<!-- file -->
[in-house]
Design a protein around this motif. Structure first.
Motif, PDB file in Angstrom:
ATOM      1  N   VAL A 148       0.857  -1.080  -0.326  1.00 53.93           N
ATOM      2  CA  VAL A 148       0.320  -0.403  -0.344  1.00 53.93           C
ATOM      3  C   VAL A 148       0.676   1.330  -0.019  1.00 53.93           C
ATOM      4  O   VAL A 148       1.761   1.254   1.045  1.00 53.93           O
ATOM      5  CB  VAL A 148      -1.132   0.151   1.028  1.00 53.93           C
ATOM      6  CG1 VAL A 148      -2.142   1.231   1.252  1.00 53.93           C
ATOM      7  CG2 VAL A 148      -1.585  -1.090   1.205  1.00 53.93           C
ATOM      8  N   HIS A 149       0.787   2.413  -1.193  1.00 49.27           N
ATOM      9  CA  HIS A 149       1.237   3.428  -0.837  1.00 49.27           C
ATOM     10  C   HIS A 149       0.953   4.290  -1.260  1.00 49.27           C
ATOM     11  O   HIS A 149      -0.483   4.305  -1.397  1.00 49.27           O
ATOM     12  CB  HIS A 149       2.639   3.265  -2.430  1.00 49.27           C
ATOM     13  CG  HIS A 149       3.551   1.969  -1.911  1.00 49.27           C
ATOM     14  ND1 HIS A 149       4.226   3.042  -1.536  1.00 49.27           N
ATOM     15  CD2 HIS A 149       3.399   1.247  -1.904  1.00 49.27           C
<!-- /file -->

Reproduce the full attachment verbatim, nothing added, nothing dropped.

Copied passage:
[in-house]
Design a protein around this motif. Structure first.
Motif, PDB file in Angstrom:
ATOM      1  N   VAL A 148       0.857  -1.080  -0.326  1.00 53.93           N
ATOM      2  CA  VAL A 148       0.320  -0.403  -0.344  1.00 53.93           C
ATOM      3  C   VAL A 148       0.676   1.330  -0.019  1.00 53.93           C
ATOM      4  O   VAL A 148       1.761   1.254   1.045  1.00 53.93           O
ATOM      5  CB  VAL A 148      -1.132   0.151   1.028  1.00 53.93           C
ATOM      6  CG1 VAL A 148      -2.142   1.231   1.252  1.00 53.93           C
ATOM      7  CG2 VAL A 148      -1.585  -1.090   1.205  1.00 53.93           C
ATOM      8  N   HIS A 149       0.787   2.413  -1.193  1.00 49.27           N
ATOM      9  CA  HIS A 149       1.237   3.428  -0.837  1.00 49.27           C
ATOM     10  C   HIS A 149       0.953   4.290  -1.260  1.00 49.27           C
ATOM     11  O   HIS A 149      -0.483   4.305  -1.397  1.00 49.27           O
ATOM     12  CB  HIS A 149       2.639   3.265  -2.430  1.00 49.27           C
ATOM     13  CG  HIS A 149       3.551   1.969  -1.911  1.00 49.27           C
ATOM     14  ND1 HIS A 149       4.226   3.042  -1.536  1.00 49.27           N
ATOM     15  CD2 HIS A 149       3.399   1.247  -1.904  1.00 49.27           C